One thing is certain: there is still no consensus on the function and origins of consciousness. All we can say is that the two are closely linked, and that any theory we might offer about the function or functions of consciousness would have implications for its possible origins. And the spectrum of such theories is very broad, ranging from the idea that consciousness simply has no function to the idea that it has many (see the first sidebar).

At the former end of the spectrum are the philosopher Patricia Churchland and the eliminative materialists, who say that once we understand enough about how the brain functions and how each of our cognitive abilities may have evolved, we will simply discard the concept of “consciousness”, because it will no longer provide a suitable account of human nature as it has then been revealed to us.

Next along the spectrum come the champions of a certain radical form of behaviourism, who believe that consciousness in general, and subjective consciousness in particular, is nothing but an epiphenomenon resulting from our various cognitive functions, or that it is only weakly related to these functions.

Galatea de las Esferas, Salvador Dali (1952).

Various forms of functionalism also tend toward this view. Many functionalists believe that functionalism cannot account for human subjectivity and therefore cannot tell us anything about how it evolved. But other functionalists take a different stance, associating subjective consciousness with more specific functions such as social interaction, language, or problem-solving. Even so, these authors do not think that consciousness itself has any function as such (which explains, among other things, why the term “functionalism” can be confusing). Instead, they regard consciousness as being the same thing as these more specific functions, or as necessarily accompanying them.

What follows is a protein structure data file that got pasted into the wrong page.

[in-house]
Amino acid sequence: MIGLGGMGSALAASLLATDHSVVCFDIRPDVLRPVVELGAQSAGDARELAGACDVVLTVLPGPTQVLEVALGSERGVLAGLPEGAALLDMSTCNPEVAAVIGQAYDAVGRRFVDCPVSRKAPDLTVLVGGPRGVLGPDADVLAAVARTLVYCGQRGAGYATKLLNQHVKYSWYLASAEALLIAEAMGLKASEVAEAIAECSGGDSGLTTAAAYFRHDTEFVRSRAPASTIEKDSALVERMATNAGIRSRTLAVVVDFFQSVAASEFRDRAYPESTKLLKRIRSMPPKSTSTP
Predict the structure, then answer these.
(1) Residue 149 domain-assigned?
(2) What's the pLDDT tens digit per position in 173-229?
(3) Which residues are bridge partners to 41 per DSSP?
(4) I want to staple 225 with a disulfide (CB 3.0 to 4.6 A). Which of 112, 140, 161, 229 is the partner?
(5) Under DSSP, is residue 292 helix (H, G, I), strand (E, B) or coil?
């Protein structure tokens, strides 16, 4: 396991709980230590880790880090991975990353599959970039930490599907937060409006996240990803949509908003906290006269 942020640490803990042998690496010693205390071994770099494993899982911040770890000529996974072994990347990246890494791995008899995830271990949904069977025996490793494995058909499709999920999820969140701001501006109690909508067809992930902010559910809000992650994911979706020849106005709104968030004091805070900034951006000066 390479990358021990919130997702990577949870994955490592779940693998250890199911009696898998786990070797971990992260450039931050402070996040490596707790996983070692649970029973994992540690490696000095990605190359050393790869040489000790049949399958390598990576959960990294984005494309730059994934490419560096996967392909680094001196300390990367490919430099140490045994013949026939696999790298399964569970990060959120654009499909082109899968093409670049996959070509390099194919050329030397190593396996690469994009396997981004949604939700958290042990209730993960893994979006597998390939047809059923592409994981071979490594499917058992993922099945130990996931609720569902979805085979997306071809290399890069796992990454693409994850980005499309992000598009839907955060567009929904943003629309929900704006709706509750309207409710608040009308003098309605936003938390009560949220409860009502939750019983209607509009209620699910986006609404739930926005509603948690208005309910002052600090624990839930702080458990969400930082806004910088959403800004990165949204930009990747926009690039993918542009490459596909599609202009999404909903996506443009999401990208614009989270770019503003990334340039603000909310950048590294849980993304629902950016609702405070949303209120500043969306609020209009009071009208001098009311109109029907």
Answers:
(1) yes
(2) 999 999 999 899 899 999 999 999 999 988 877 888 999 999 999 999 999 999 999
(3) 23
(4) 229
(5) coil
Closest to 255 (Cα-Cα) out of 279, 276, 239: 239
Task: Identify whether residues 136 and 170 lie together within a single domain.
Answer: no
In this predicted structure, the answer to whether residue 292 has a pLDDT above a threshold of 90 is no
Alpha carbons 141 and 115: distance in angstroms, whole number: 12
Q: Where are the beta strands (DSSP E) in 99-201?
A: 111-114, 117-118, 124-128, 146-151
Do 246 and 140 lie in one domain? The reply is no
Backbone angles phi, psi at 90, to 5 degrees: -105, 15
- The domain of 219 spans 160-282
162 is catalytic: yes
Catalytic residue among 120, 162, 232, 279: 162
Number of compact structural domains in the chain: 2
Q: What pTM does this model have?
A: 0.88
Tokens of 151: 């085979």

According to this view, consciousness does exist, but is indissociable from certain cognitive abilities, and it is on these abilities, rather than on consciousness, that natural selection has operated in the course of evolution. The result has been what we call human beings who are endowed with consciousness, even if for these functionalists, this consciousness is only an illusion or something that might simply be equated with the state of being alive.

According to this functionalist perspective, natural selection shaped our cognitive abilities, but because consciousness has no special status, it is not considered a new emergent property on which natural selection might act.

Francisco Varela uses the concept of emergence to describe consciousness, but mainly in the dynamic sense, and not so much in the evolutionary sense. For Varela, our cognitive abilities display themselves in various forms that must, at any given time, be “stitched together” for consciousness to emerge. And this combining of cognitive processes, which is compatible both with Mithen’s ideas on the origins of consciousness and with Baars’s ideas about the global workspace, manifests itself in various ways in various species. Cats, bats, fishes, and insects all have their own type of “conscious experience”, thus defined.